Disappointed, those detractors simply may have "misunderstood" the speaker's early departure from the meeting last week at which Mr. Lundergan was chosen. One version of events is that Richards left to go to the bathroom. On the way, he talked with Lexington Rep. Ruth Ann Palumbo, who was upset about the outcome.I'm an activist, not just a blogger. If I thing the party made a bad decision, I'm going to say so. I have my freedom of speech (and in this case--press). I've heard, through comments on other blogs, that deals went down. I don't like intra-party feuding but I really dislike it when people vote one way just if they get promised a position on the Executive Committee, if that is indeed the case. Two major Kentucky leaders, Ben Chandler and Jonathan Miller, have endorsed Simon Rosenberg for DNC Chairman. Will our DNC members from Kentucky go that way? Three of them did not have the courage to drive down to Lexington so how can we be assured that they will be at the meeting next month?
Her disappointment was not surprising. Lundergan has tried unsuccessfully, four times, to unseat the incumbent Palumbo. More important, she has deep concerns about his past associations and actions.
Palumbo says the speaker did assure her he wasn't for Lundergan. To which she replied, "You should have stood up and said so."
Yesterday she was still fielding calls from Democrats who were so upset about Lundergan's election that they were talking about changing to Independent.
Maybe those who charged that Richards made himself incommunicado after the Lundergan election also "misunderstood." The speaker drove to Bowling Green by way of the Bluegrass Parkway, which is supposed to be a bad place to sustain a cell phone conversation. And when he got to Bowling Green, he had company at home.
While believing that YMCA official Audrey Haynes would have made a better choice, Richards did sign a report of the nominating committee that, in effect, recommended Lundergan as the only candidate for chairman of the state party. At the other end of the Democratic spectrum, former Lt. Gov. Steve Beshear quit as the party's lawyer in protest, rather than make the aftermath of the vote look like a love fest. Beshear said, "The last thing the party needs is an ethically challenged chairman."
That's true, especially in the aftermath of Paul Patton's defeat in the last gubernatorial election, in a campaign run on charges of Democratic waste, fraud and political abuse.
It's true, too, because young folks who rallied to the Kentucky Democratic Party last year, and want to be part of its future, don't want anything to do with the good old boy politics out of which Lundergan has crawled.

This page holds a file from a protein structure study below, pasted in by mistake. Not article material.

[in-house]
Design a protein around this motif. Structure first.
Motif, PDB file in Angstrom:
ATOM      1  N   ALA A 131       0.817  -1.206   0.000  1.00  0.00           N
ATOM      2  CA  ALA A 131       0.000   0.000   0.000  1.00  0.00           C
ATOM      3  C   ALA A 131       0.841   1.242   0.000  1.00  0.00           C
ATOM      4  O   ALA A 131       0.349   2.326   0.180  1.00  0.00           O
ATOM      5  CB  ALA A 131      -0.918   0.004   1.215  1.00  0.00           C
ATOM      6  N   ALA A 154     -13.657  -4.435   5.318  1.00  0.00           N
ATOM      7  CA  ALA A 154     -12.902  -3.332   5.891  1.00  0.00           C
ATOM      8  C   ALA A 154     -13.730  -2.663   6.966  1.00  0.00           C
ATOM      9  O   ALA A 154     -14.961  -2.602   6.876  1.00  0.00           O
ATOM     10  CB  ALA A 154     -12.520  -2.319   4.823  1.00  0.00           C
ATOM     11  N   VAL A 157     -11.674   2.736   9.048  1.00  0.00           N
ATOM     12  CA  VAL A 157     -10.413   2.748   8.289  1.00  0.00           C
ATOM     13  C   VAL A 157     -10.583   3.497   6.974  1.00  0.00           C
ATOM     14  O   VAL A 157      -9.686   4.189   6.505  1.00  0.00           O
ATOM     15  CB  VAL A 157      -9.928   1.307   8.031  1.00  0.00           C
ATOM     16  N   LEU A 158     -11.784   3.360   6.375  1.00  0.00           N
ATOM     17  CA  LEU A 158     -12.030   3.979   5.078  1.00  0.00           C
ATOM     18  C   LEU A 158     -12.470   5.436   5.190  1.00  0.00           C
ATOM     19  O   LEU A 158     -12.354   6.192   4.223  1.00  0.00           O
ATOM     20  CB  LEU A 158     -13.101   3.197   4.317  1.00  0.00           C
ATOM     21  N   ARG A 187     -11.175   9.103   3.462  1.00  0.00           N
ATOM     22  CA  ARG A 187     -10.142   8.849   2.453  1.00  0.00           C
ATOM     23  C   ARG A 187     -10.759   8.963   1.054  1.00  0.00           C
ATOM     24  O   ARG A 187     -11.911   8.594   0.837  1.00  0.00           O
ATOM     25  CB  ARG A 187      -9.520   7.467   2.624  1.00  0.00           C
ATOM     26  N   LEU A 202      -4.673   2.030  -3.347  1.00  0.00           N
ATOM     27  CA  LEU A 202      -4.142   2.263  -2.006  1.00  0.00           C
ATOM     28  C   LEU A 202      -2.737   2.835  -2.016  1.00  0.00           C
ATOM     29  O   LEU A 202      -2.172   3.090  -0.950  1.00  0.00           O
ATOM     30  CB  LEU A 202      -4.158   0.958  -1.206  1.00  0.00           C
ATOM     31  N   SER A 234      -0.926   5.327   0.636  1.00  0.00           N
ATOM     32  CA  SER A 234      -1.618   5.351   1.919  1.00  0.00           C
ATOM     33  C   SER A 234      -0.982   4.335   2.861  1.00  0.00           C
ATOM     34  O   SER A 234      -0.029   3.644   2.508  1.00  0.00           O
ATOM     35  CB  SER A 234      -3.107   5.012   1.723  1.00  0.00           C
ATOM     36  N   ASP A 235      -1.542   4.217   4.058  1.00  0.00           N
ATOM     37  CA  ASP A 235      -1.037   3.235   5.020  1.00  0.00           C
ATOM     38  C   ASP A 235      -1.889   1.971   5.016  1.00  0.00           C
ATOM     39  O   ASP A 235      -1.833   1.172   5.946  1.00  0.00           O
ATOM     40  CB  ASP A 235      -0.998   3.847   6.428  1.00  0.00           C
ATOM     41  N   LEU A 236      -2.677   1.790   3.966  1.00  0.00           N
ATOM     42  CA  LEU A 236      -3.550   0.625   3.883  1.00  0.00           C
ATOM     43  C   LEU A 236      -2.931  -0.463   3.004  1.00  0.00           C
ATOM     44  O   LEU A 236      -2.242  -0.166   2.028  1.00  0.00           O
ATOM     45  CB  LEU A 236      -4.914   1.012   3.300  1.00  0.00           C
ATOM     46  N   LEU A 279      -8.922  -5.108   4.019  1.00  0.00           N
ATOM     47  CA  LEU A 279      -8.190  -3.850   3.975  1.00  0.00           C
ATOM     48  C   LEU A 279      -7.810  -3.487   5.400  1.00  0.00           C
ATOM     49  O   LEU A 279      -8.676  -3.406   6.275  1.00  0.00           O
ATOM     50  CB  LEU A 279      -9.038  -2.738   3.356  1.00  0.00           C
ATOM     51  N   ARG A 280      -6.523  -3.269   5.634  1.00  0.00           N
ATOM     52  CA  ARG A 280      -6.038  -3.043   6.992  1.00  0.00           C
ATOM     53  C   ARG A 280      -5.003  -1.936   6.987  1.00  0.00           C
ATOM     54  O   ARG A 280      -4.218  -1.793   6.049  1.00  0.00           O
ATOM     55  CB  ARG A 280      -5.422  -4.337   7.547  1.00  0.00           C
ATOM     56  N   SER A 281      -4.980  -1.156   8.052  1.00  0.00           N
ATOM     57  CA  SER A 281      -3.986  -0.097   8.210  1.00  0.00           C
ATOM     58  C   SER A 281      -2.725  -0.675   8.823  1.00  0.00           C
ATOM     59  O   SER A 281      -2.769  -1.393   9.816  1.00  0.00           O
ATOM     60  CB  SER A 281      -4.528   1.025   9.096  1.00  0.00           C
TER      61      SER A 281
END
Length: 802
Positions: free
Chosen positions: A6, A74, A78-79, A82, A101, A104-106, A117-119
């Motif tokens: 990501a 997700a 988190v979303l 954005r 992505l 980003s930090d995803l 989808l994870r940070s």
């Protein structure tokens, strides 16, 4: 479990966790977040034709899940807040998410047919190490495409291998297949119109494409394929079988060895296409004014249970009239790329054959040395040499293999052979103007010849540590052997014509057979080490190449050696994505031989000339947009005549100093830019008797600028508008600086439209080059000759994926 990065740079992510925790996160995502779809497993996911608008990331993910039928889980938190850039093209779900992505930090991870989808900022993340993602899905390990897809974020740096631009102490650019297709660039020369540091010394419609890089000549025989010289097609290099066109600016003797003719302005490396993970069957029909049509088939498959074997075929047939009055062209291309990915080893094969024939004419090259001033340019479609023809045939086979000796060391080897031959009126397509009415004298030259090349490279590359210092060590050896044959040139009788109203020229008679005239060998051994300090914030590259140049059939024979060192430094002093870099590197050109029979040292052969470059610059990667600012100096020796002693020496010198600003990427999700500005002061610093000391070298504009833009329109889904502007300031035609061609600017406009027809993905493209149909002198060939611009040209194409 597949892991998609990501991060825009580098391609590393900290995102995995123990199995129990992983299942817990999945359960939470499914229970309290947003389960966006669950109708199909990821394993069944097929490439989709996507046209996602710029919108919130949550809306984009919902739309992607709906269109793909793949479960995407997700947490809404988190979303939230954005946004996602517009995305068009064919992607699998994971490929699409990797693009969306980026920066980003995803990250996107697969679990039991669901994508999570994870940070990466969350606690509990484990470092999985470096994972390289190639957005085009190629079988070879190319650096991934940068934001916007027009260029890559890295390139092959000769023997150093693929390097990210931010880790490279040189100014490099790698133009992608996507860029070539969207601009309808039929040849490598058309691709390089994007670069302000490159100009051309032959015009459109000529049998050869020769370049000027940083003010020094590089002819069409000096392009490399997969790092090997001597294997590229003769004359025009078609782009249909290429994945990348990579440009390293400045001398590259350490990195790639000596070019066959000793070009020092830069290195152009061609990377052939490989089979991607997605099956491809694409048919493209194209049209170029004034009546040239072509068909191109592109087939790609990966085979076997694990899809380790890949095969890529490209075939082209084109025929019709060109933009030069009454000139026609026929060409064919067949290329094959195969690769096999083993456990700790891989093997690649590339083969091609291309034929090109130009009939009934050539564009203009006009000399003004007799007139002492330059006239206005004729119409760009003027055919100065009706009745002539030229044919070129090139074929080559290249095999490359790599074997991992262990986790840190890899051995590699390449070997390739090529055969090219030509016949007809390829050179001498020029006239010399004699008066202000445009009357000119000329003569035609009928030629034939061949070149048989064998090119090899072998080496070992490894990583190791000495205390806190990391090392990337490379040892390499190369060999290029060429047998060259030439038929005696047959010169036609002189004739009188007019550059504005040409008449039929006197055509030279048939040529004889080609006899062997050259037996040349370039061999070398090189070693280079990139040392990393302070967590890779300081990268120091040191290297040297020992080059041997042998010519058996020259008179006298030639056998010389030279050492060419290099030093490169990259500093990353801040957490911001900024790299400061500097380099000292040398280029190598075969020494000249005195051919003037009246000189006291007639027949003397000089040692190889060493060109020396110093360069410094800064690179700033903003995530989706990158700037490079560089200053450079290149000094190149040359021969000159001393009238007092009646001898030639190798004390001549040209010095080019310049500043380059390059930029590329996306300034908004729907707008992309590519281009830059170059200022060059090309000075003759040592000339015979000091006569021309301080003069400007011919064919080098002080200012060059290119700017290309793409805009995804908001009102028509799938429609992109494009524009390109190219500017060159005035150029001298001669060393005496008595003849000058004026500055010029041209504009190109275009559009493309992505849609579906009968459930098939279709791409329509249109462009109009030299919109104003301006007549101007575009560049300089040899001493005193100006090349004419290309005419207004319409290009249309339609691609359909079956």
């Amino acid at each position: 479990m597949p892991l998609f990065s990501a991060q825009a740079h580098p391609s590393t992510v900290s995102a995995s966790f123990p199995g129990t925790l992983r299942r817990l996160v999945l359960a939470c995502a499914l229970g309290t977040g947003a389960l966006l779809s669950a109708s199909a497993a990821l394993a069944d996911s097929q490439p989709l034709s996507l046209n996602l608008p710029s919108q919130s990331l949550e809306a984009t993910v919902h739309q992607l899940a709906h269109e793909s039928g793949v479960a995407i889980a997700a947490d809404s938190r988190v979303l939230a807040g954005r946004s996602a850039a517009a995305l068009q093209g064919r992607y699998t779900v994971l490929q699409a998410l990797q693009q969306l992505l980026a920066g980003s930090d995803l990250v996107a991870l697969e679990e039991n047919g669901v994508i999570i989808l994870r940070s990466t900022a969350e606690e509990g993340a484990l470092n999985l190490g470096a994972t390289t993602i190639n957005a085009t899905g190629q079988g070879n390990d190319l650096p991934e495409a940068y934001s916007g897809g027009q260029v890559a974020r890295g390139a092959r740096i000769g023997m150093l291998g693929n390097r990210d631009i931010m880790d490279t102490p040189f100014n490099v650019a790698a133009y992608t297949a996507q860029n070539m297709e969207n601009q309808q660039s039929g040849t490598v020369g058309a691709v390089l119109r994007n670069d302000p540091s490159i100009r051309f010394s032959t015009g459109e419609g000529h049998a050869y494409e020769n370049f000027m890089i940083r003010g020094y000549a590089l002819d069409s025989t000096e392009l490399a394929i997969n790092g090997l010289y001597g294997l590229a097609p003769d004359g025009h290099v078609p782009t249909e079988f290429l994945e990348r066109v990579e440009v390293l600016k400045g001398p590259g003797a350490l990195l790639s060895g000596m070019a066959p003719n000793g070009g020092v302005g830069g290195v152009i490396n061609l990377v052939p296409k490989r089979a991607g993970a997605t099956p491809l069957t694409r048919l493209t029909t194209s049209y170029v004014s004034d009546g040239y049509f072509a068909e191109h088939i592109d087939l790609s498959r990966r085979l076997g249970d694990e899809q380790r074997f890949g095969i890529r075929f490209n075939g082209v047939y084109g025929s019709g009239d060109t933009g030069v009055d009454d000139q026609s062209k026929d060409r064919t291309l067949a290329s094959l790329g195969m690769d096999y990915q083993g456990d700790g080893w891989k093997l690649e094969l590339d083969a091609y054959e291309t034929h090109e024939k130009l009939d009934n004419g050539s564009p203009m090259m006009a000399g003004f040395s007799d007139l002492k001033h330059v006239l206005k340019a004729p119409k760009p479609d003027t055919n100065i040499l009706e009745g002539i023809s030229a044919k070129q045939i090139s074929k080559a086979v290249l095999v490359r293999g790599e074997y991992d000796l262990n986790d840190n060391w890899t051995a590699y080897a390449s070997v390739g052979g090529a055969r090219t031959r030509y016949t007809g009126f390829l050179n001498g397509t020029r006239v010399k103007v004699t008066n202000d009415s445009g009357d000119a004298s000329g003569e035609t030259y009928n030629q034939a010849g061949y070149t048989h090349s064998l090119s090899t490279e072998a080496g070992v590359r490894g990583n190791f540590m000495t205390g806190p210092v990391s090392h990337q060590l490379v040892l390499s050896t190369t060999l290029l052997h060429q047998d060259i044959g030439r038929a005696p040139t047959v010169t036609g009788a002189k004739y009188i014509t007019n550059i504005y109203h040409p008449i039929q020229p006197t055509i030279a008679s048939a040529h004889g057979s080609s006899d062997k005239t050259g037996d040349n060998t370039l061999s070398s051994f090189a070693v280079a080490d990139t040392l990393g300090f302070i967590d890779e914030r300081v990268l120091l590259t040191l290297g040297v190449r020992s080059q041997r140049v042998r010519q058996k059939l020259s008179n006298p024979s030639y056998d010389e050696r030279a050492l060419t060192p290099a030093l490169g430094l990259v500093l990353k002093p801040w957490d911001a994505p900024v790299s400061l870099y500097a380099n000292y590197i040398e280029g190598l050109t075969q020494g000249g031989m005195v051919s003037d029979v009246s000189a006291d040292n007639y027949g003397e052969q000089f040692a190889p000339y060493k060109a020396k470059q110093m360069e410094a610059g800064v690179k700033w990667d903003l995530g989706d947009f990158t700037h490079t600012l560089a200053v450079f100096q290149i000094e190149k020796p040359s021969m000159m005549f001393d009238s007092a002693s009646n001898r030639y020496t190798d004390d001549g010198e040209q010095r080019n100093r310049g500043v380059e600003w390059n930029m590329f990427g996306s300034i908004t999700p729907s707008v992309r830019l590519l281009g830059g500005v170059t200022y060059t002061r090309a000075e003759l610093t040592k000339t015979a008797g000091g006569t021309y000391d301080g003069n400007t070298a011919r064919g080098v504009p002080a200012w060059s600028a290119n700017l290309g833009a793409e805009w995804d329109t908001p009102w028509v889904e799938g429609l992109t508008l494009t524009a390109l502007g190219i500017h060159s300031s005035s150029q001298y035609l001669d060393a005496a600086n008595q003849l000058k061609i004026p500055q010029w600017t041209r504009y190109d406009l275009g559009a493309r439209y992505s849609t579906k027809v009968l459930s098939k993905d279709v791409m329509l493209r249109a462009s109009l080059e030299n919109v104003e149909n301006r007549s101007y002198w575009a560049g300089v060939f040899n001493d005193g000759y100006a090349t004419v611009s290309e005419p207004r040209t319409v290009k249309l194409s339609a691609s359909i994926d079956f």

Kentucky Democrats would have had a great leader in Kathy Groob. She would have "brought new energy to the party from the grassroots level." She was a candidate endorsed by Change for Kentucky. Excerpts from a December 30th article that appeared in the Kentucky Post:
Fourth District Congressman Ken Lucas said he had been asked if he had any interest in the job.Here is an excerpt from a Kentucky Post article dated January 13, 2005:
"I did not," Lucas said. "I've never been a real partisan person. My voting record is more middle of the road."
Lucas said the party needs to look for people who have "credibility and respect and enthusiasm, and people who are realistic.
"The person who takes that position has a lot of work to do,'' Lucas said. "Kathy is certainly a quality person, and if she's interested she'd do a good job."[...]
Retiring state Rep. Jim Callahan, D-Wilder, said leadership and fundraising are key requirements of any candidate for the state party chairmanship. He said he had not heard that Groob is a prime candidate, but he thought she would be a good choice.
"No matter what Kathy would do, she would have success," he said. "I was very impressed by the way she ran her campaign."
Fort Mitchell Democrat Kathy Groob has asked to be taken out of consideration for state Democratic Party chair.I know Kathy and her husband. I thought she would have made a great Chairwoman myself. She ran one heck of a campaign in Northern Kentucky against Jack Westwood.
Groob told The Post Wednesday that she had withdrawn her name from consideration for the top post.
"Serving as chairman is an overwhelming task, one which I am not in a position to pursue at this time," she said.
Don't look for Raymond to go out in style, the AP reports.
Comic Brad Garrett, who plays Romano's brother, Robert Barone, said he hasn't been approached about a potential spinoff. "I love the character," he said. "I'm open to it."They are filming the final episode this week. I stopped watching once Everwood started but when Everwood is in reruns, I watch CBS--depending on when Summerland starts the second season.
"Supposedly there is a group of people that are out there talking about it that aren't talking to me," he quipped. "I hear they're looking for a Brad Garrett type."
Monica Horan, who plays Garrett's wife, Amy, said her interest in a spinoff would probably hinge on what her real-life husband wants to do. She's married to Rosenthal.